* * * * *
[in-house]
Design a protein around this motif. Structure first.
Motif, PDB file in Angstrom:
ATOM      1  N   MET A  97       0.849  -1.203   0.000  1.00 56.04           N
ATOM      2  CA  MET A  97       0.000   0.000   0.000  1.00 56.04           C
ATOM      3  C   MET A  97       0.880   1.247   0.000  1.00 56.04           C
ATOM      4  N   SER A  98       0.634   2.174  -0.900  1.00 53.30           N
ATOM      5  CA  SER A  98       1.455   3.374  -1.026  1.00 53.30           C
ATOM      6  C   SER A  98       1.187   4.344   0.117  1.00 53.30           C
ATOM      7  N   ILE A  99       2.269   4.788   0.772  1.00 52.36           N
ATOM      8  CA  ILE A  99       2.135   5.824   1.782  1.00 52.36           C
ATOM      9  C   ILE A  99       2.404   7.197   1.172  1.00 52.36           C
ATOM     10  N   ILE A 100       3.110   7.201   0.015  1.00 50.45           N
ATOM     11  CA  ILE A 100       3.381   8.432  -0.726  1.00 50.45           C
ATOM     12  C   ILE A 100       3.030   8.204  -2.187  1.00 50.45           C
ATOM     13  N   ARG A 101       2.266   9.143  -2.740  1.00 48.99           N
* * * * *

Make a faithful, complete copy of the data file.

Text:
[in-house]
Design a protein around this motif. Structure first.
Motif, PDB file in Angstrom:
ATOM      1  N   MET A  97       0.849  -1.203   0.000  1.00 56.04           N
ATOM      2  CA  MET A  97       0.000   0.000   0.000  1.00 56.04           C
ATOM      3  C   MET A  97       0.880   1.247   0.000  1.00 56.04           C
ATOM      4  N   SER A  98       0.634   2.174  -0.900  1.00 53.30           N
ATOM      5  CA  SER A  98       1.455   3.374  -1.026  1.00 53.30           C
ATOM      6  C   SER A  98       1.187   4.344   0.117  1.00 53.30           C
ATOM      7  N   ILE A  99       2.269   4.788   0.772  1.00 52.36           N
ATOM      8  CA  ILE A  99       2.135   5.824   1.782  1.00 52.36           C
ATOM      9  C   ILE A  99       2.404   7.197   1.172  1.00 52.36           C
ATOM     10  N   ILE A 100       3.110   7.201   0.015  1.00 50.45           N
ATOM     11  CA  ILE A 100       3.381   8.432  -0.726  1.00 50.45           C
ATOM     12  C   ILE A 100       3.030   8.204  -2.187  1.00 50.45           C
ATOM     13  N   ARG A 101       2.266   9.143  -2.740  1.00 48.99           N